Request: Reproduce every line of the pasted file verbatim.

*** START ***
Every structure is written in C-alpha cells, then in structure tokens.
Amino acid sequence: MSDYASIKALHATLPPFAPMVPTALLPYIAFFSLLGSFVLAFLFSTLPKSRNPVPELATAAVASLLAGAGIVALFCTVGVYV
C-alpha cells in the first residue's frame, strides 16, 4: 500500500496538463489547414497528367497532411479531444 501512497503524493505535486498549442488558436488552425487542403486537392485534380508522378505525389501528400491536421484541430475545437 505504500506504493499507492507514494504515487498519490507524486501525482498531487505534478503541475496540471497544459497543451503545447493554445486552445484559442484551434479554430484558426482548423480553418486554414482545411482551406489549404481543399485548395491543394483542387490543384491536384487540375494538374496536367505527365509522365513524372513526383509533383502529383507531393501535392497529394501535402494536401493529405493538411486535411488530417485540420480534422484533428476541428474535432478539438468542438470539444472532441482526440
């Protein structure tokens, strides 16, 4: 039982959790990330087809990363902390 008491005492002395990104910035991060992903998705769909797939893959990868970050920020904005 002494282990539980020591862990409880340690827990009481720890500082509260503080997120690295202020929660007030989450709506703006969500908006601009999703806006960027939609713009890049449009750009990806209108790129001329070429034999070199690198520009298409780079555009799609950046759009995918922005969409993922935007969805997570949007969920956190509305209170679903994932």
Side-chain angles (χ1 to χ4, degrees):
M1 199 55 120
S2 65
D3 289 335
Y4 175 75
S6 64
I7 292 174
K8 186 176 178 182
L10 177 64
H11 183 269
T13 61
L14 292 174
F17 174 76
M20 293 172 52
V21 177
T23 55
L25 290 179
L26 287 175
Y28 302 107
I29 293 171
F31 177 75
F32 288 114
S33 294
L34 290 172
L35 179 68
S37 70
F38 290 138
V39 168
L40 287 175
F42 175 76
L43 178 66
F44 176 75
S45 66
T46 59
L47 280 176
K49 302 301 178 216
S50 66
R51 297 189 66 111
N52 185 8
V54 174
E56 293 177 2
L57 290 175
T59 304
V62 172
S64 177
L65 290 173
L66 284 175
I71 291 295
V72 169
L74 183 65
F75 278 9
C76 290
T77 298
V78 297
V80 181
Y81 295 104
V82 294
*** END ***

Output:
Every structure is written in C-alpha cells, then in structure tokens.
Amino acid sequence: MSDYASIKALHATLPPFAPMVPTALLPYIAFFSLLGSFVLAFLFSTLPKSRNPVPELATAAVASLLAGAGIVALFCTVGVYV
C-alpha cells in the first residue's frame, strides 16, 4: 500500500496538463489547414497528367497532411479531444 501512497503524493505535486498549442488558436488552425487542403486537392485534380508522378505525389501528400491536421484541430475545437 505504500506504493499507492507514494504515487498519490507524486501525482498531487505534478503541475496540471497544459497543451503545447493554445486552445484559442484551434479554430484558426482548423480553418486554414482545411482551406489549404481543399485548395491543394483542387490543384491536384487540375494538374496536367505527365509522365513524372513526383509533383502529383507531393501535392497529394501535402494536401493529405493538411486535411488530417485540420480534422484533428476541428474535432478539438468542438470539444472532441482526440
């Protein structure tokens, strides 16, 4: 039982959790990330087809990363902390 008491005492002395990104910035991060992903998705769909797939893959990868970050920020904005 002494282990539980020591862990409880340690827990009481720890500082509260503080997120690295202020929660007030989450709506703006969500908006601009999703806006960027939609713009890049449009750009990806209108790129001329070429034999070199690198520009298409780079555009799609950046759009995918922005969409993922935007969805997570949007969920956190509305209170679903994932």
Side-chain angles (χ1 to χ4, degrees):
M1 199 55 120
S2 65
D3 289 335
Y4 175 75
S6 64
I7 292 174
K8 186 176 178 182
L10 177 64
H11 183 269
T13 61
L14 292 174
F17 174 76
M20 293 172 52
V21 177
T23 55
L25 290 179
L26 287 175
Y28 302 107
I29 293 171
F31 177 75
F32 288 114
S33 294
L34 290 172
L35 179 68
S37 70
F38 290 138
V39 168
L40 287 175
F42 175 76
L43 178 66
F44 176 75
S45 66
T46 59
L47 280 176
K49 302 301 178 216
S50 66
R51 297 189 66 111
N52 185 8
V54 174
E56 293 177 2
L57 290 175
T59 304
V62 172
S64 177
L65 290 173
L66 284 175
I71 291 295
V72 169
L74 183 65
F75 278 9
C76 290
T77 298
V78 297
V80 181
Y81 295 104
V82 294